I’ll bet you have heard the cliche that “If you keep on doing what you have been doing, you will keep on getting what you have always gotten!” I believe that axiom used to be true, but not anymore. Things are changing too rapidly.
The “bar of excellence” is moving up on every one of us every day. Competition is getting keener. Buyers are smarter and more demanding. And we won’t be able to take allegiance for granted. In today’s marketplace we need to be able to turn-on-a-dime to please customers. And that means we can’t be married to the processes and habits of the past.
The experts on change today are saying that the knowledge mass of the human race is now doubling approximately every four years. So, yes, the one constant we can be assured of is CHANGE. What is your change quotient? Do you have a good spirit about change and find ways to make change work for you, or do you feel threatened by change and the new requirements thrust upon you to excel in an ever challenging environment?
My colleague and friend, industrial psychologist Dr. Paul Green, says one key metric people consider today in hiring new talent is their “tolerance for ambiguity”. How do you deal with the unexpected? It has been said that most people change when the pain NOT to change exceeds the pain to change! I suggest you broaden your perspective, see the big picture when talking with prospects, and be willing to change and adapt to succeed.
We might as well decide right now to be optimistic and find ways to buy-in to the changes that come our way, unless, of course, we can impact the precipitating event to make it work better for us or others. Most changes are beyond our control, so I vote for finding the possibilities within them.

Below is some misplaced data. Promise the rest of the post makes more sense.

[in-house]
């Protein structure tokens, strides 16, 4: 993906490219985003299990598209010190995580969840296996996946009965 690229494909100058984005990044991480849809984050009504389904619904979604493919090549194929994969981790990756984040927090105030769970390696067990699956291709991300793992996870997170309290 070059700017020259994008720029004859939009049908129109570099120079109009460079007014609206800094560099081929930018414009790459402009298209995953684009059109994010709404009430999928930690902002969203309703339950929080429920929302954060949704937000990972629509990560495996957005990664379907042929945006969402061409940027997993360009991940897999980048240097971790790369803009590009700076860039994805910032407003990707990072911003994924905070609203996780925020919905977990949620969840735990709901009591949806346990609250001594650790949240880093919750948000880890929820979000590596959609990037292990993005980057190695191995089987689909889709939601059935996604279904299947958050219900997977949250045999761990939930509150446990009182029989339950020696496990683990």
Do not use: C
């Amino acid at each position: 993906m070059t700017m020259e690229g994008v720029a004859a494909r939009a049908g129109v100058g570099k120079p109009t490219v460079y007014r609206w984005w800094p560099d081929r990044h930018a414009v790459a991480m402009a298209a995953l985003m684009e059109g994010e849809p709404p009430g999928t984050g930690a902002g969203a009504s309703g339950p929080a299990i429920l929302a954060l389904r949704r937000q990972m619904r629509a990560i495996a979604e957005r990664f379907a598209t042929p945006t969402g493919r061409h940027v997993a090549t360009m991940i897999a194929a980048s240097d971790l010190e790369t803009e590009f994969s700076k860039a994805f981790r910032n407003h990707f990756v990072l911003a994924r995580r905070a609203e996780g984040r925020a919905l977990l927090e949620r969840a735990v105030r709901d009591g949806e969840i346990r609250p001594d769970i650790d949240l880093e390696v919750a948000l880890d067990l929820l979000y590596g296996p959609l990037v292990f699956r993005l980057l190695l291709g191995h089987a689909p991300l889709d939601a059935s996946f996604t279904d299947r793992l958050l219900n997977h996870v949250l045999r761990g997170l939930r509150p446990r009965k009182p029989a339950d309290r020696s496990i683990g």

Legendary business consultant Dr. Peter Drucker once said that “one sign of incompetence and resulting ineffectiveness is when one constantly focuses on their successes of the past”. Did you ever know anyone who always talked about “the good old days” as if they were the only days to talk about? These people need to get in the present and engage with today’s reality.
High performers identify problems of clients, often before the client even articulates them. They envision solutions for a client before anyone has thought of it. They develop the attitude and capability to ‘turn on a dime’ to help a client solve a problem.
Read more in Don Hutson’s new book Selling Value: Key Principles of Value-Based Selling. Get your copy today: http://donhutson.com/estore/selling-value/